In Boolean logic, a conjunction is an AND operation, and a conjunction detector should respond when both components of the conjunction are presented but not to a single component on its own. The output of Peirce's circuit in response to a conjunction is the sum of the responses to the individual components, which is more like an OR gate than an AND gate. To achieve AND-like behavior, it would be better to multiply the outputs of the input neurons (Schnupp & King, 2001). 
There are already several lines of evidence for multiplication or AND gating in conjunction detection. Gheorghiu and Kingdom (2009) presented psychophysical evidence for multiplicative units for processing curves (i.e., conjunctions of edge elements over space), and van Santen and Sperling (1984) reported psychophysical evidence for multiplication in motion detection, which can be considered to be detection of a conjunction over space and time. van Santen and Sperling (1985) also showed that several motion detection models are formally equivalent to van Santen and Sperling's (1984) elaborated Reichardt detector, a key feature of which is multiplication of a signal from one spatial location with the delayed (or, more precisely, temporally filtered) signal from an adjacent spatial location.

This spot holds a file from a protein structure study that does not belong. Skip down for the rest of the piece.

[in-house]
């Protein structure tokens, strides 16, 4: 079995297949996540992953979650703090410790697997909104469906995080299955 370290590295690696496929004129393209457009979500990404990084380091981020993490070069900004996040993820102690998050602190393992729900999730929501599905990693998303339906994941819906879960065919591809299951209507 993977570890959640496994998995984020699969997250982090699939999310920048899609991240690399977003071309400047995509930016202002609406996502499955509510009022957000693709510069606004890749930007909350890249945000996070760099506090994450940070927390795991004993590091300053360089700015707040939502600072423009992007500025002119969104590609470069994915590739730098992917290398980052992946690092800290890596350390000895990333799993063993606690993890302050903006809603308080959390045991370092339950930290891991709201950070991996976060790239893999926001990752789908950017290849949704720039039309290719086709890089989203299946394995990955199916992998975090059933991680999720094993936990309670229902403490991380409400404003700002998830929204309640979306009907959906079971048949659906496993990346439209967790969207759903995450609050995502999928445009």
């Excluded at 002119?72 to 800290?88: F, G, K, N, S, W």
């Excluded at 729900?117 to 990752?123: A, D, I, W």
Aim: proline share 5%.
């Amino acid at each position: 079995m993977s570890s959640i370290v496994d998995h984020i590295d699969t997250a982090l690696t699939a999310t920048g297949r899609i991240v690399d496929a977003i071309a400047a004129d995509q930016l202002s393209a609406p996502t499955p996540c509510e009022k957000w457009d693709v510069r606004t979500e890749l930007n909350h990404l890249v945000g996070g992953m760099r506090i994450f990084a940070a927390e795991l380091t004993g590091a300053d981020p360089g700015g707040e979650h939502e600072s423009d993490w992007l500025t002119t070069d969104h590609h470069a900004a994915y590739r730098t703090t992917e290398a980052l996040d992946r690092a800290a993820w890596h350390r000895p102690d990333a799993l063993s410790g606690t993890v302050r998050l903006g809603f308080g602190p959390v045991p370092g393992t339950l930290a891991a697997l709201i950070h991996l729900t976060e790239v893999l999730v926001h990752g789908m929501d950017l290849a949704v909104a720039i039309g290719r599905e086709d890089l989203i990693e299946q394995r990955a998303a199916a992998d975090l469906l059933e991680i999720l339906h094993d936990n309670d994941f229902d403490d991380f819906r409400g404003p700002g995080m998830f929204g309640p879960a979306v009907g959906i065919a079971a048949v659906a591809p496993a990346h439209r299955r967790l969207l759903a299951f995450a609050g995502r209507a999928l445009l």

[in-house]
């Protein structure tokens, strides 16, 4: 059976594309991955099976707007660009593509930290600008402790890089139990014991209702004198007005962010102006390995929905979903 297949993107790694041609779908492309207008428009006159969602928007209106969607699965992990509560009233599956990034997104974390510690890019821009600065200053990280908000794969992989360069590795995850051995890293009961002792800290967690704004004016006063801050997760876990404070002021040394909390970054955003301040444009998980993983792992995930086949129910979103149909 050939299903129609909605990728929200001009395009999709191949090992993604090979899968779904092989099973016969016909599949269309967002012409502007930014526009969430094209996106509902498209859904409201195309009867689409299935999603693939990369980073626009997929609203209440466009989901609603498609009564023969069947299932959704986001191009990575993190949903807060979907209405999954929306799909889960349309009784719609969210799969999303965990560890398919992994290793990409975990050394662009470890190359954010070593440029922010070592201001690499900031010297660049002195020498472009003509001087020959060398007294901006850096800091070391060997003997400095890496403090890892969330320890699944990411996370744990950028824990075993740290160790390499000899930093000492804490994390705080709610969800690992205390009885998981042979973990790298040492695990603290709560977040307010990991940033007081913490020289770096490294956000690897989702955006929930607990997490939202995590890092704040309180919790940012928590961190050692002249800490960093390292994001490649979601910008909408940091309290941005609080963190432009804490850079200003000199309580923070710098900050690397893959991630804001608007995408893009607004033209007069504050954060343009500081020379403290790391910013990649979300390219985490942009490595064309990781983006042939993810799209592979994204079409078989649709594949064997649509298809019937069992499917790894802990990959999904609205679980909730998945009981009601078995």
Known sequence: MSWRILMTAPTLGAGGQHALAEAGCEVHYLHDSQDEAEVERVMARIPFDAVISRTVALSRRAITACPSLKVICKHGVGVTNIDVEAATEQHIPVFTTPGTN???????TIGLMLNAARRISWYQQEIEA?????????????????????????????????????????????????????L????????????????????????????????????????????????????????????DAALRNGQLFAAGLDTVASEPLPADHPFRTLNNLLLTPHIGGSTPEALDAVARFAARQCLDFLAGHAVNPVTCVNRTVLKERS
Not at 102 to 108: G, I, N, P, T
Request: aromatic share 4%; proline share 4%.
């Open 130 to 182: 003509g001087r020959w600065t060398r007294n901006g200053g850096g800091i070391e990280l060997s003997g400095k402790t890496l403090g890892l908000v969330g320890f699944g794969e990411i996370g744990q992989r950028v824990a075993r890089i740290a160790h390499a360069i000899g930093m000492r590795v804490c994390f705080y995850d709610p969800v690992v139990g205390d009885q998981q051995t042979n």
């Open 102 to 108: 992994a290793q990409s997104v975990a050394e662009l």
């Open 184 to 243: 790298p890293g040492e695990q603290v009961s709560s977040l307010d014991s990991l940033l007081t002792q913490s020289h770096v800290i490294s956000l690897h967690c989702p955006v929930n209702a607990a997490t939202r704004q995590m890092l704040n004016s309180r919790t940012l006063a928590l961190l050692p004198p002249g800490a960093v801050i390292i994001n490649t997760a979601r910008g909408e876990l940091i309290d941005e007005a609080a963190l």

There are plenty of reports of neurons behaving in a multiplicative or AND-like manner. Hubel and Wiesel (1962) reported that some cells in V1 “did not respond to stimulation of either eye alone but could be activated only by simultaneous stimulation of the two eyes” (Hubel & Wiesel, 1962, p. 124). Barlow and Levick (1965) showed that the behavior of direction-selective ganglion cells in the rabbit retina could be described as an AND–NOT operation. Many reports of multiplicative behavior have been qualitative, but Peña and Konishi (2001) provided quantitative support for multiplication in space-specific neurons in the owl. These neurons respond to sound from a particular direction, selectively responding to the conjunction of a particular horizontal position [measured from the interaural time difference (ITD)] and vertical position [measured from the interaural level difference (ILD), due to an asymmetry in the left and right ear openings and flaps (Knudsen & Konishi, 1979; Payne, 1971)]. Peña and Konishi measured membrane potential as a function of different combinations of ITD and ILD, and found that membrane potential was well described as a function of the product of ITD and ILD inputs, not the sum.